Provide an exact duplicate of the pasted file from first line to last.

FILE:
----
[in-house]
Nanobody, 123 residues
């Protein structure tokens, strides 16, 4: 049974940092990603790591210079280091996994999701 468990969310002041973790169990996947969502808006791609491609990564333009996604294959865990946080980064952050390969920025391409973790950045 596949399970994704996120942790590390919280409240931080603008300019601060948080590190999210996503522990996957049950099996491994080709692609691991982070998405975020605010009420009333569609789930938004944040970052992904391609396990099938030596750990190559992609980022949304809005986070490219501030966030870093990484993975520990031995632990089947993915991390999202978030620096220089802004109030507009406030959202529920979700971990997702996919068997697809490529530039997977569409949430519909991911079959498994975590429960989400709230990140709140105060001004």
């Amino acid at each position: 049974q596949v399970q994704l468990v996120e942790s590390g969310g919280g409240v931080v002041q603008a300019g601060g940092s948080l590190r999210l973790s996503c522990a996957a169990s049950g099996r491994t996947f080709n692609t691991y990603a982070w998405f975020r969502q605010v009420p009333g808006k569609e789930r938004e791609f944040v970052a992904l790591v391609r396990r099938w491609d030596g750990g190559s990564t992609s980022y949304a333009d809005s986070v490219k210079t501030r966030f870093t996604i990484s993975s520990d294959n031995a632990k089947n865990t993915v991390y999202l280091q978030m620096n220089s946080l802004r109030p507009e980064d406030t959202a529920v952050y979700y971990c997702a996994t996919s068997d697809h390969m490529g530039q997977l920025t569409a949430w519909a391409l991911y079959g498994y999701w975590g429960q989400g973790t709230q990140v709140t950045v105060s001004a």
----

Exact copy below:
[in-house]
Nanobody, 123 residues
């Protein structure tokens, strides 16, 4: 049974940092990603790591210079280091996994999701 468990969310002041973790169990996947969502808006791609491609990564333009996604294959865990946080980064952050390969920025391409973790950045 596949399970994704996120942790590390919280409240931080603008300019601060948080590190999210996503522990996957049950099996491994080709692609691991982070998405975020605010009420009333569609789930938004944040970052992904391609396990099938030596750990190559992609980022949304809005986070490219501030966030870093990484993975520990031995632990089947993915991390999202978030620096220089802004109030507009406030959202529920979700971990997702996919068997697809490529530039997977569409949430519909991911079959498994975590429960989400709230990140709140105060001004």
């Amino acid at each position: 049974q596949v399970q994704l468990v996120e942790s590390g969310g919280g409240v931080v002041q603008a300019g601060g940092s948080l590190r999210l973790s996503c522990a996957a169990s049950g099996r491994t996947f080709n692609t691991y990603a982070w998405f975020r969502q605010v009420p009333g808006k569609e789930r938004e791609f944040v970052a992904l790591v391609r396990r099938w491609d030596g750990g190559s990564t992609s980022y949304a333009d809005s986070v490219k210079t501030r966030f870093t996604i990484s993975s520990d294959n031995a632990k089947n865990t993915v991390y999202l280091q978030m620096n220089s946080l802004r109030p507009e980064d406030t959202a529920v952050y979700y971990c997702a996994t996919s068997d697809h390969m490529g530039q997977l920025t569409a949430w519909a391409l991911y079959g498994y999701w975590g429960q989400g973790t709230q990140v709140t950045v105060s001004a």